In Summary
  • In a public notice on OTT tax dated June 29, 2018, Uganda Revenue Authority (URA) informed Ugandans that following directives from the government, a new tax would be imposed on OTT services involving applications that offer voice and messaging over the Internet.
  • This took effect July 1 as the new financial year started.
  • It may have been easy for someone to think of this new tax as a good idea for government to get the money that they so desperately need to maintain the cost of public administration and for URA through the telecom companies, to start implementing it.

Whether it started as a joke that has now been actualised, the new Over The Top (OTT) tax, is ill-motivated, wrongfully thought and intended to curtail ordinary peoples’ rights to freedom of expression.

In a public notice on OTT tax dated June 29, 2018, Uganda Revenue Authority (URA) informed Ugandans that following directives from the government, a new tax would be imposed on OTT services involving applications that offer voice and messaging over the Internet. This took effect July 1 as the new financial year started.

It may have been easy for someone to think of this new tax as a good idea for government to get the money that they so desperately need to maintain the cost of public administration and for URA through the telecom companies, to start implementing it. But it will go down our history books as the turning point that saw the information era in Uganda that was ushered in by the invention of the world wide web downgraded through a punitive tax.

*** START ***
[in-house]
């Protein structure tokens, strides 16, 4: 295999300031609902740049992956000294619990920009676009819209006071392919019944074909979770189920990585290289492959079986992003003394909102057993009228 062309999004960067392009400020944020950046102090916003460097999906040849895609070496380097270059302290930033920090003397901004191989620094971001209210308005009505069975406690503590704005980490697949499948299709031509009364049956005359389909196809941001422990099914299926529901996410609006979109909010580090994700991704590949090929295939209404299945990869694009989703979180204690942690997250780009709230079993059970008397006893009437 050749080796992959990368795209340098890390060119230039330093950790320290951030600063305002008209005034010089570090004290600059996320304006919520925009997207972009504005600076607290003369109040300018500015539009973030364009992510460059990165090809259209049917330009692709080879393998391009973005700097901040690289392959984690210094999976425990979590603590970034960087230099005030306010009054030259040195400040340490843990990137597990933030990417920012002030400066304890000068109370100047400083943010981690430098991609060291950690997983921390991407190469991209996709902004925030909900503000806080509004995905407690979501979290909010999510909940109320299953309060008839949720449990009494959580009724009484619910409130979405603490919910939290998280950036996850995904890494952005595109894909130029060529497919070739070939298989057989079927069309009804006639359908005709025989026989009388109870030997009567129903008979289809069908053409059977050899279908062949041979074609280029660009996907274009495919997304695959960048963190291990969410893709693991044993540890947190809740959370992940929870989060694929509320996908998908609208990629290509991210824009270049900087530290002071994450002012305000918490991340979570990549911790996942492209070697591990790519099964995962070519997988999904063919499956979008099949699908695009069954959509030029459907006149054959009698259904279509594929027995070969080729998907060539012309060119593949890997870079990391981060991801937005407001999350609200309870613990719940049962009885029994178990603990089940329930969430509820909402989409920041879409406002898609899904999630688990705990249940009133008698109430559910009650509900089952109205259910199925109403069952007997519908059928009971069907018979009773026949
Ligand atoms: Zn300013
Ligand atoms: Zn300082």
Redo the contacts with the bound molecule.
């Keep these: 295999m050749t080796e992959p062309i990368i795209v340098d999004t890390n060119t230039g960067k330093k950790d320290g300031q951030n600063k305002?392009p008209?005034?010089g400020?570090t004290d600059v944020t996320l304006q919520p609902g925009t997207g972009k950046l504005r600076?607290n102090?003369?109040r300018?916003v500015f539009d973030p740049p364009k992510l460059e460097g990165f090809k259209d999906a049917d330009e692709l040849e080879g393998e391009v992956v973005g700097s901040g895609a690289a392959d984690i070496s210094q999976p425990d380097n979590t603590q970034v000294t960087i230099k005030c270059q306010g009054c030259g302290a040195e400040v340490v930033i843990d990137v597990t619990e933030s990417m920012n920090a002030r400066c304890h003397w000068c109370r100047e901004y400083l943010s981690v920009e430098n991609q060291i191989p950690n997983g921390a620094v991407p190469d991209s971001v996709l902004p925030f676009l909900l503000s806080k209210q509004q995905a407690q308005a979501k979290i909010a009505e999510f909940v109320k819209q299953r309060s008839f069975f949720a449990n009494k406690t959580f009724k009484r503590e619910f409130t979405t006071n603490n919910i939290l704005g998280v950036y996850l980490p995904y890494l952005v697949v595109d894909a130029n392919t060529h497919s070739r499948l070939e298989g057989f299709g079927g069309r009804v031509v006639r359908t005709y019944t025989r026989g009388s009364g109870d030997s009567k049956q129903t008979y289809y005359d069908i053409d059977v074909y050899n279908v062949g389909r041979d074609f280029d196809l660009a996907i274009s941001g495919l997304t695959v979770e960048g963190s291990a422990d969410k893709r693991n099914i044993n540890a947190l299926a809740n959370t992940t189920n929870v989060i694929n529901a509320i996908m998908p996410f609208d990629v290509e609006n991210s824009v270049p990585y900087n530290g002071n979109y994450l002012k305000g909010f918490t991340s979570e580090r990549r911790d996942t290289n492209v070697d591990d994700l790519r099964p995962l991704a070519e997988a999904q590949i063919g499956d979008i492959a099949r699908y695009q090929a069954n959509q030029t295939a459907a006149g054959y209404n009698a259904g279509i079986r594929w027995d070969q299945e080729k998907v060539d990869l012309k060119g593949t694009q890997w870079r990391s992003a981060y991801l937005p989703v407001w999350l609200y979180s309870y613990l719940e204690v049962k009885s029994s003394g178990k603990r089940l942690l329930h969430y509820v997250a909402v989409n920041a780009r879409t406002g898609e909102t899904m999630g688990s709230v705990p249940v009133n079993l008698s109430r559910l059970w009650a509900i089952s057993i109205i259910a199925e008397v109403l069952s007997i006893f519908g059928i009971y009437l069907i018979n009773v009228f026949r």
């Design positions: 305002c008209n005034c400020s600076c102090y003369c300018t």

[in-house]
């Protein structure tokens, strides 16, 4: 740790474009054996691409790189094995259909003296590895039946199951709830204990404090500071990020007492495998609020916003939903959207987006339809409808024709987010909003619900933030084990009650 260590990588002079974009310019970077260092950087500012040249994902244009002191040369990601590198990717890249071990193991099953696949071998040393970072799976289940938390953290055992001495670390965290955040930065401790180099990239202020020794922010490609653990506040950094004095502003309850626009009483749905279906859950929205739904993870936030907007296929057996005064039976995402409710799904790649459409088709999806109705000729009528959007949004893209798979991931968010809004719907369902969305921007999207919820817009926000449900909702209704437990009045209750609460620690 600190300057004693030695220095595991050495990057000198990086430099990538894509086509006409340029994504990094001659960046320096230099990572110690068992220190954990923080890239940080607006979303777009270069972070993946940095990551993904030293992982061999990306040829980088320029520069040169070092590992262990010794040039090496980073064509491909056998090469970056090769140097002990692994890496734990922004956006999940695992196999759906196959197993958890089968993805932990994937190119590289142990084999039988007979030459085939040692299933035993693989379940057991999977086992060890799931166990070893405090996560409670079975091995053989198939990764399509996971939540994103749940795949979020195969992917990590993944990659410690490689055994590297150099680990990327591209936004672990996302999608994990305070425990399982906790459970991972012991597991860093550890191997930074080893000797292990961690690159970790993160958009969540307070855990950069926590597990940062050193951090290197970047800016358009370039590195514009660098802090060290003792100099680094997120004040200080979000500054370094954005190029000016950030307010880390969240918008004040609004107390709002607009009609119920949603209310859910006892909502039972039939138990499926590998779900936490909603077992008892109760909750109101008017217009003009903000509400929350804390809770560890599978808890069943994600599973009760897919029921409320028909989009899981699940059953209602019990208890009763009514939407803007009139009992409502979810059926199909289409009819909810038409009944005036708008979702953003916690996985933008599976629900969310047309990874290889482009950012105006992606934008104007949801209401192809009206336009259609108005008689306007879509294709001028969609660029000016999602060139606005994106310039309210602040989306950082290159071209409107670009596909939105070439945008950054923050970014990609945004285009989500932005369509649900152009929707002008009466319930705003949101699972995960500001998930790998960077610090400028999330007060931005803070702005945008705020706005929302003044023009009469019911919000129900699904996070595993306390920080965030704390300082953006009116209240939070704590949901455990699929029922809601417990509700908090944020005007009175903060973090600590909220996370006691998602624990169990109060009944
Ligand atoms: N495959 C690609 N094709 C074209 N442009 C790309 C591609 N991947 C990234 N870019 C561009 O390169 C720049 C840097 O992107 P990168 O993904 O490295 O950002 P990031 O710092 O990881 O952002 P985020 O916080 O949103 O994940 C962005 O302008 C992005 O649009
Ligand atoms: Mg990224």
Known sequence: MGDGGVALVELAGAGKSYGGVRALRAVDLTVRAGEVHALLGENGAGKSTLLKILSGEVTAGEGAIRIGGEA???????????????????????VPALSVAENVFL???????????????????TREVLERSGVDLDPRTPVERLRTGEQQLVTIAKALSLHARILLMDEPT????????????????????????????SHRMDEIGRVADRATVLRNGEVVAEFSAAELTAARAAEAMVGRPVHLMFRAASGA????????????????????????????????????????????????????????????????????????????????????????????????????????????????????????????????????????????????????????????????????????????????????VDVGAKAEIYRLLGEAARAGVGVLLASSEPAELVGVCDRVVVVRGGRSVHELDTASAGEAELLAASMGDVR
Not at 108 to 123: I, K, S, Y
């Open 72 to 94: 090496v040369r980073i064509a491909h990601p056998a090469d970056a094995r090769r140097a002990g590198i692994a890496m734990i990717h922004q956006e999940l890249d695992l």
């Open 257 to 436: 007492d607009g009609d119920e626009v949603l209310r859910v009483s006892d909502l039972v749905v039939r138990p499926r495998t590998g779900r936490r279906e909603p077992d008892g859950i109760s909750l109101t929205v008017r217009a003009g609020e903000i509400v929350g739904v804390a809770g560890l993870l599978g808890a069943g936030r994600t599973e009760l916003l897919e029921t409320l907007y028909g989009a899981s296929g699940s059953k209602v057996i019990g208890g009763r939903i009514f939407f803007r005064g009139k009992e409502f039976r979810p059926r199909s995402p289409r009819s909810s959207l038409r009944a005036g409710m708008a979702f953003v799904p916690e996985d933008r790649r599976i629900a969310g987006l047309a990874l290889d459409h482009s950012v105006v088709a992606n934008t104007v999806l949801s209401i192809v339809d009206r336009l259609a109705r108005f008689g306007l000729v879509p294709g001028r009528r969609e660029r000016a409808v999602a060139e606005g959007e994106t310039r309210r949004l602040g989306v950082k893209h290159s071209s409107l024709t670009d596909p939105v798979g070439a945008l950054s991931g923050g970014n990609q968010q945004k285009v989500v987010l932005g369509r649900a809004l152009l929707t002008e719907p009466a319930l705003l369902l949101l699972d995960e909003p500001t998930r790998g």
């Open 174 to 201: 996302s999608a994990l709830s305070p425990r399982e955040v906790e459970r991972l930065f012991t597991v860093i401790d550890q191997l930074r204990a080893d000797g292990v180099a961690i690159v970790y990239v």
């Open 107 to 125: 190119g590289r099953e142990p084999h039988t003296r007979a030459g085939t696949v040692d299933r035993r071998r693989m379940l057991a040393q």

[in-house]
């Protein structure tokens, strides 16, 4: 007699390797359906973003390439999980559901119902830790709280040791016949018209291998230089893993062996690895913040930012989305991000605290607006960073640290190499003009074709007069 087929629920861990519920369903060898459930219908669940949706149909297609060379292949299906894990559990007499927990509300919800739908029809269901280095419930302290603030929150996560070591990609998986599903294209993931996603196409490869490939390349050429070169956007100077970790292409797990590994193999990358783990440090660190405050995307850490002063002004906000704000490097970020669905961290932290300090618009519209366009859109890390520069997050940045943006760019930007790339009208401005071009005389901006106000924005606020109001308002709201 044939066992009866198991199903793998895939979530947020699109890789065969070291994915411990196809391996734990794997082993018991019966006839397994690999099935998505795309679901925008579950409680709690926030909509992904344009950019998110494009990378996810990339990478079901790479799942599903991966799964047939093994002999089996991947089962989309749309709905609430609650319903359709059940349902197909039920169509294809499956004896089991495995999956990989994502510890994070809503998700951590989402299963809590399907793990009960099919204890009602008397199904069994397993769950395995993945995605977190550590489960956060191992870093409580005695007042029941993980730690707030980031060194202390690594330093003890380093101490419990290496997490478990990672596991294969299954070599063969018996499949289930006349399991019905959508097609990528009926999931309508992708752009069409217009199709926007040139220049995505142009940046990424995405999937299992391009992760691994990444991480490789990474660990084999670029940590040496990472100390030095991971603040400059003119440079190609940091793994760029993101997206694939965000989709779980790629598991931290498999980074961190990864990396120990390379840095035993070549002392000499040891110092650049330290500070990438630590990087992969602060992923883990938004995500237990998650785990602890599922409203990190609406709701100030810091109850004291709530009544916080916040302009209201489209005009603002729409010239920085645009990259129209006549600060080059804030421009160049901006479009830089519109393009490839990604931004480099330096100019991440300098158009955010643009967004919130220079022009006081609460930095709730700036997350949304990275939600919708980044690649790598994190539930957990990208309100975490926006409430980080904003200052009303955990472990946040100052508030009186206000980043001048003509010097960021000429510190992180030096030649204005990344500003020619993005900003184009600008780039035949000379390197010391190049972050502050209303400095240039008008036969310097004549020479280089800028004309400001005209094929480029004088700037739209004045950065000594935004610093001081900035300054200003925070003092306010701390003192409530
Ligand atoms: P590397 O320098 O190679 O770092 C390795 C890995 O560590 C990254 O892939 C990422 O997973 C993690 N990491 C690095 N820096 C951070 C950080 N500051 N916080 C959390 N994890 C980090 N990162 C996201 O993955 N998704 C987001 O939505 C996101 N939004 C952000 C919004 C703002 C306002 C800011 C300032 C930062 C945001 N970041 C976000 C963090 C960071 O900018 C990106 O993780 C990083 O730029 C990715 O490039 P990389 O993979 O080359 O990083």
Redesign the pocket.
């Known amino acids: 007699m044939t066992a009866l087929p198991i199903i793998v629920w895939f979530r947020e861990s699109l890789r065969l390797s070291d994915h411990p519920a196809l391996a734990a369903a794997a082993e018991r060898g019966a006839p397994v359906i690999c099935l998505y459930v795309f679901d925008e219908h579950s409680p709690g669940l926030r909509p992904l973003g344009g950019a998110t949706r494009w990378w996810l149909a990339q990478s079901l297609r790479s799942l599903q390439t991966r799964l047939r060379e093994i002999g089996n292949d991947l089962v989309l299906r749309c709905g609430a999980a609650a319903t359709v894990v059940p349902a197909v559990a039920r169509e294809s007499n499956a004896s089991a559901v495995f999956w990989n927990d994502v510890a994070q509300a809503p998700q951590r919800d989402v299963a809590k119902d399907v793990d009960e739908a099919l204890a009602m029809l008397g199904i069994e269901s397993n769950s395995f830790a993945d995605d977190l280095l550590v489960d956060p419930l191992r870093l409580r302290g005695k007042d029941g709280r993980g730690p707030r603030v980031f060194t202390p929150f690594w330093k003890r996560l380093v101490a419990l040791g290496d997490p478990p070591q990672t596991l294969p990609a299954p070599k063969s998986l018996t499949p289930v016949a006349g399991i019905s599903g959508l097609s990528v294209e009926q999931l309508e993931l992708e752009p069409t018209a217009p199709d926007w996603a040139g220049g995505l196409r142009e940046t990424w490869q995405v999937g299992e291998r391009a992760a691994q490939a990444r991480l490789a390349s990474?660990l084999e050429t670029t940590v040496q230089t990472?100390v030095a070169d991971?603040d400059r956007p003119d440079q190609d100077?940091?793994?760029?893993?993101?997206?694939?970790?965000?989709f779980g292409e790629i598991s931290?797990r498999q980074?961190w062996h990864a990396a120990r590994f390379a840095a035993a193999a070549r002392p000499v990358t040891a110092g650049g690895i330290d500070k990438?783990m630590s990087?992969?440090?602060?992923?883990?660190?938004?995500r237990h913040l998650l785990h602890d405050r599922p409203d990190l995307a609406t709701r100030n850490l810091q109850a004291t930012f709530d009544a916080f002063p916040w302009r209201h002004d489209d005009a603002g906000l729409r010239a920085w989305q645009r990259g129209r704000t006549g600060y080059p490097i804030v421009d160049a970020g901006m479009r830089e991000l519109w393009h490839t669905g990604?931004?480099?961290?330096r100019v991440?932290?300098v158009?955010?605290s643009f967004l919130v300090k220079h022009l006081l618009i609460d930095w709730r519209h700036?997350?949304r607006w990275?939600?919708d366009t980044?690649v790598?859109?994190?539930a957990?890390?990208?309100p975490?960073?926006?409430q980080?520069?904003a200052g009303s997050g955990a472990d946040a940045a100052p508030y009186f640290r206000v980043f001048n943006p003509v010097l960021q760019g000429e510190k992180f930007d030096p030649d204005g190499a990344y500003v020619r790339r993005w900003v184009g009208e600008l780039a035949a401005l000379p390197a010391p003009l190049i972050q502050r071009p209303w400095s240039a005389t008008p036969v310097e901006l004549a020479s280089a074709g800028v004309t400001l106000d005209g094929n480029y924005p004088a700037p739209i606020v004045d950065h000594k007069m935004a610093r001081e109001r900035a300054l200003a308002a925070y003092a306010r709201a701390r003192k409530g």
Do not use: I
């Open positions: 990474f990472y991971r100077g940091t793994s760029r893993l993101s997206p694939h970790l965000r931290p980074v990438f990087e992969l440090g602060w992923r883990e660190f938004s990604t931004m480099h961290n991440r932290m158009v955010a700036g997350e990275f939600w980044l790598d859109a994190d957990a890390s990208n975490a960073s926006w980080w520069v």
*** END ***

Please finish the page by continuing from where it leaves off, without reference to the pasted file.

In a paper presented during the National Youth Dialogue in June titled “Youth and the Tax Amendments’ 2018”, the Youth Coalition on Electoral Democracy in Uganda (YCED), which is a loose coalition of youth led and youth focused civil society organisations in Uganda, underscored the effect of this tax on young people who will be most affected by it.

There is no doubt that taxes determine the quality of our lives; they are responsible for the health of our environment, the safety of the roads we drive on, the condition of our public services, and the security of our homes and communities and that they also play a fundamental role in shaping our leadership and national identity hence the need for any law abiding citizen to pay tax.

Whereas the government of Uganda has over the years been creative in revenue mobilisation, which is a healthy exercise for government to do, Uganda’s scenario has seen the average citizen struggle to shoulder the burden while investors get away with tax holidays.

The new OTT tax is not the kind of tax that will provide the resources we need to sustain the nation’s civil, social, and economic life, and help support the basic welfare of all individuals and families. It is instead a repugnant tax intended to undermine the power of communication in an era where those who have access to vital information, use it to turn their lives for the better. It will ‘mirror the fundamental inequities that people of different races, classes, and gender experience when they try to access the opportunities that taxes provide.

The level of youth participation in democratic processes had greatly increased given the increasing discourse on social media platforms. This new tax is intended to cripple young people’s participation and freedom to associate.